STATEMENT OF THE INTERNATIONAL DEVELOPMENT LAW ORGANIZATION
AFRICA AND THE RULE OF LAW
Italian Ministry of Foreign Affairs and Cooperation
May 18, 2016
Delivered by Irene Khan, Director-General, IDLO
Check against delivery
As the head of the only multilateral organization in the world exclusively devoted to advancing the rule of law and development, headquartered here in Rome and present in a number of African countries, I am honored to address the first Italy Africa Ministerial Conference.
As Vice Minister Giro mentioned, the international community has a shared interest in resolving Africa’s challenges, both because Africa is important and because Africa’s challenges are also global challenges.
That violence, insecurity and crime are major impediments to sustainable development is a well-known fact. It is no mere coincidence that the most conflict-prone, insecure countries are also among the poorest.
At the root of insecurity and poverty is often a deficit of the rule of law: when the state does not have the capacity or the will to protect people or their property or their human rights, when the institutions are not strong enough to resolve social and political conflicts, when the laws discriminate against women and leave them with no recourse, when institutions are not strong enough to resolve political or social conflict, or tackle terrorism or organized crime, or address urban violence.
The rule of law provides the framework for transparent, responsive and accountable institutions which strengthen people's trust and confidence, and by doing so, promote peaceful societies as well as sustainable development.
The rule of law provides the basis for sustainable development, encouraging investment to grow, for the environment to be protected, for the poor to be empowered, for women to become agents of their own destiny, for young people to find hope and opportunity in the future. People, especially young people, want jobs as well as justice and the two are closely linked.
In practical terms, investing in the rule of law means drafting good constitutions; reforming laws and courts; empowering citizens; ensuring equality and access to justice for women and girls; regulating for fair access to markets and services; promoting land policies that enhance food security, and fiscal regimes that encourage foreign direct investment; and so on.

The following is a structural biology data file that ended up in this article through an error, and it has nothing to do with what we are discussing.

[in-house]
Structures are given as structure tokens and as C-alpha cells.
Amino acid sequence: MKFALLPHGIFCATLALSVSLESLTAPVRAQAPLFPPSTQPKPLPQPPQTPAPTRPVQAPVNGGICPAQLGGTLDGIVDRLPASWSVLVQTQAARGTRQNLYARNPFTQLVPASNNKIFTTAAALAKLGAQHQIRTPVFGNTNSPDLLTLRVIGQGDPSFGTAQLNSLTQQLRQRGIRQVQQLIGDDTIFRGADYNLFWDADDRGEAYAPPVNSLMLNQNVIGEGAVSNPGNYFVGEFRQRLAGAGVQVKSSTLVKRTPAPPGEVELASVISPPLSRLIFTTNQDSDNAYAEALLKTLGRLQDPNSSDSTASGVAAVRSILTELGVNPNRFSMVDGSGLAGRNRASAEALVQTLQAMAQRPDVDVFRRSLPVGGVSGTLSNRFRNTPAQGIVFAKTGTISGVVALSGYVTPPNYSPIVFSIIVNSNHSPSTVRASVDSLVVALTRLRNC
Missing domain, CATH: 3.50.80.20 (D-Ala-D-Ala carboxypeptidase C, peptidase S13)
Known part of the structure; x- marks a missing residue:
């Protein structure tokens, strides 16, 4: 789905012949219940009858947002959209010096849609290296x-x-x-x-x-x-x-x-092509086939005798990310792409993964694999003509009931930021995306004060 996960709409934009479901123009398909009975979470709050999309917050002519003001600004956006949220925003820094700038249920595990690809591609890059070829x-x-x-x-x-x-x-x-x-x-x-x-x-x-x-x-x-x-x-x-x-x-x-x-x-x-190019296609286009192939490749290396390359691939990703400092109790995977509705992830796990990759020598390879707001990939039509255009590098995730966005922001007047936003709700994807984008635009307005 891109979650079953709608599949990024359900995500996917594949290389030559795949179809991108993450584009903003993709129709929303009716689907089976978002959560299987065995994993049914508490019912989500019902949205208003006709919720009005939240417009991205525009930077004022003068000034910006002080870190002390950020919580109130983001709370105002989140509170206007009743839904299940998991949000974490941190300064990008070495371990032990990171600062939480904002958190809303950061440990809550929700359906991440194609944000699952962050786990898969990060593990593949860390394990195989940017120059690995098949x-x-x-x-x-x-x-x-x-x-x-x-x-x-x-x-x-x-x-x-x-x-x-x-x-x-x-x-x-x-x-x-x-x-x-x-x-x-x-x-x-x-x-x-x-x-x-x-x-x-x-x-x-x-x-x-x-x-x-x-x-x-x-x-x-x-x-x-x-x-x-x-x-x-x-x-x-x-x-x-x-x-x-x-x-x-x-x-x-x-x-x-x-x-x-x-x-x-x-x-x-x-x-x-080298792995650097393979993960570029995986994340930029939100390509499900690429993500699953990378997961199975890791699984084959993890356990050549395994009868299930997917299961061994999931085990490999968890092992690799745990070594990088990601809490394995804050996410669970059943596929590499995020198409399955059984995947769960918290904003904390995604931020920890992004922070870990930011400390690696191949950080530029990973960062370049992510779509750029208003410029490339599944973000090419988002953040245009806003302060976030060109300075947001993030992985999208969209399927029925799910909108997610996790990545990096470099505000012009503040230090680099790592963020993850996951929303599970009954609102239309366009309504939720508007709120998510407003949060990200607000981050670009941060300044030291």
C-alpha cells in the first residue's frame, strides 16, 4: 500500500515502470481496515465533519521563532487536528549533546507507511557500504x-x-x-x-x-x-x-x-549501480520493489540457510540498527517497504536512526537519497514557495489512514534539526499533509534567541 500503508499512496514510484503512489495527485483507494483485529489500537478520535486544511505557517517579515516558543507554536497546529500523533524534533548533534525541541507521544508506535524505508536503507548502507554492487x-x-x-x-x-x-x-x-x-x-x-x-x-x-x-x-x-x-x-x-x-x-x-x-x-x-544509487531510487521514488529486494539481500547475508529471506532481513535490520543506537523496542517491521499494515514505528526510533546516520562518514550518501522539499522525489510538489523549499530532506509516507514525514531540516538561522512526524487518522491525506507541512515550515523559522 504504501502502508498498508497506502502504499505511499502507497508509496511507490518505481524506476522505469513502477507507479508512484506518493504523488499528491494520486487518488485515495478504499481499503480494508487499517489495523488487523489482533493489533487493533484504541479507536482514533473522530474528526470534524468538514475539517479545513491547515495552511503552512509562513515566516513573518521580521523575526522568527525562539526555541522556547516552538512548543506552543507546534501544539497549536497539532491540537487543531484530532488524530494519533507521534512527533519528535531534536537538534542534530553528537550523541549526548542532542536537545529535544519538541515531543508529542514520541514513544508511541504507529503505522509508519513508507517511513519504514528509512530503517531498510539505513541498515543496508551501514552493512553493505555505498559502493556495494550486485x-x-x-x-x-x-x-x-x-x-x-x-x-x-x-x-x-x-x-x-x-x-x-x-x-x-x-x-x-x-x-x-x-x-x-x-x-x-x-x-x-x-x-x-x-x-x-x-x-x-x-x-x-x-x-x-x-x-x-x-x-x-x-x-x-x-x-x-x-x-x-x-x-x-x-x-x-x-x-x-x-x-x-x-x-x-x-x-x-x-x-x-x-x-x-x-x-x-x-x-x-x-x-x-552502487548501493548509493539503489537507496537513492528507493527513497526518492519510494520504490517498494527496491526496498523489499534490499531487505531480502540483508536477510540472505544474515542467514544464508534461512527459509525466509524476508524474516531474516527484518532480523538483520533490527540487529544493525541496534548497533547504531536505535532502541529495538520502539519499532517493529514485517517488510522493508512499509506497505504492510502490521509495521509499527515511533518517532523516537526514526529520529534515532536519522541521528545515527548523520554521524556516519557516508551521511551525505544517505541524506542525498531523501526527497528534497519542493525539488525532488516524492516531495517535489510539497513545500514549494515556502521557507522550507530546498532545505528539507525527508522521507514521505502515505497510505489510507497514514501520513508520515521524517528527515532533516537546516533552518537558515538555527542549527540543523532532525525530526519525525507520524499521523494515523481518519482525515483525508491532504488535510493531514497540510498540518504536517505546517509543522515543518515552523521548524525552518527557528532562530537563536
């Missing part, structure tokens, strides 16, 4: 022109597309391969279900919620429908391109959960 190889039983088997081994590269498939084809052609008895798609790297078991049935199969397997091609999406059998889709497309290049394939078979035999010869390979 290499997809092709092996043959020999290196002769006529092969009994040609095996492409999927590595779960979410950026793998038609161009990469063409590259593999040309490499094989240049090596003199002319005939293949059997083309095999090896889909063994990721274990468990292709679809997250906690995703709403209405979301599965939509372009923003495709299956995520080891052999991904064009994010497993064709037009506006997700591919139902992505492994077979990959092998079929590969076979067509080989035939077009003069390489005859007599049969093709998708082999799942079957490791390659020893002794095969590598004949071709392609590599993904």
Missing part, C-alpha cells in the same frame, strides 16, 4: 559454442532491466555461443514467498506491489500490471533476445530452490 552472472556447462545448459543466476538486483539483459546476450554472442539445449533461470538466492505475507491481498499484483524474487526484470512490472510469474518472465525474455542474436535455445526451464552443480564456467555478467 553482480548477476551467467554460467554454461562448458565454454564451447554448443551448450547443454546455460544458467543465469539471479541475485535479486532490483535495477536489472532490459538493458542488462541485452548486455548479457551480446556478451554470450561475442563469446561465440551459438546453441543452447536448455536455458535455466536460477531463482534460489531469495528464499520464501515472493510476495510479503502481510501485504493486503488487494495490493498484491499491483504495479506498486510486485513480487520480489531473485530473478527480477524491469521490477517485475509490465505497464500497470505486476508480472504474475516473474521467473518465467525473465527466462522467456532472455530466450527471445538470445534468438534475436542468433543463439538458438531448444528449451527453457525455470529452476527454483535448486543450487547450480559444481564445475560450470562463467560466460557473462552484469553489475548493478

Though impressive steps have been taken to build the rule of law in many African countries, the very existence of persistent conflict, the growing threat of terrorism, the increasing levels of crime and urban violence indicate the urgency for renewed efforts.
As an organization that works on the ground in a number of African countries to enable governments and empower people to reform laws and institutions, we are acutely aware of the challenges that face countries emerging from conflict, or striving towards democracy or seeking to build their economies.
Developing countries need more international support for capacity building. The ones most vulnerable to violence and insecurity, terrorism or organized crime are usually the ones with the greatest need for development aid but face the risk that assistance for institution building is likely to be diverted into humanitarian assistance or supporting asylum seekers arriving in Europe. Refugees need help and must of course be helped, but it is shortsighted to think that “robbing Peter to pay Paul” is the answer. Post conflict countries need assistance for reconstruction and rehabilitation, as delegation after delegation have pointed out.
Judicial and legal reforms are often a poor cousin to security sector reform in peace-building operations. Time is often underestimated by donors in the rush to get quick, visible and measurable results.
More must be done to ensure local ownership of international assistance. Africa is marked by its diversity of ethnicities, races, cultures, and religious beliefs; its legal systems mirror this diversity.
By local ownership I have in mind ownership at the community level, where people live. For example, in many communities people use informal systems of justice; many people simply do not go to a court to resolve a dispute. Yet, very little attention continues to be paid to how and whether justice is being delivered under these informal systems.
We need to focus on the end users of justice. Institutions should not be seen in a vacuum - disconnected from the citizens who are supposed to benefit from them. People do not have trust and confidence in institutions when they do not see any concrete results, any concrete improvements, coming from the institutions into their own lives. Citizens today want both clean government and clean water.
It is also imperative not to forget the importance of women and girls, as highlighted by the opening speakers. Unless we put special emphasis on how institutions respond to the special needs of women and girls, the job of building effective, accountable institutions will not be done. And justice will not be served.
Building the rule of law takes vision, time and money. But it is the soundest investment there is. The more governments and the international community are willing to invest in it, the less they will have to scramble to address humanitarian emergencies like famines or refugee crises.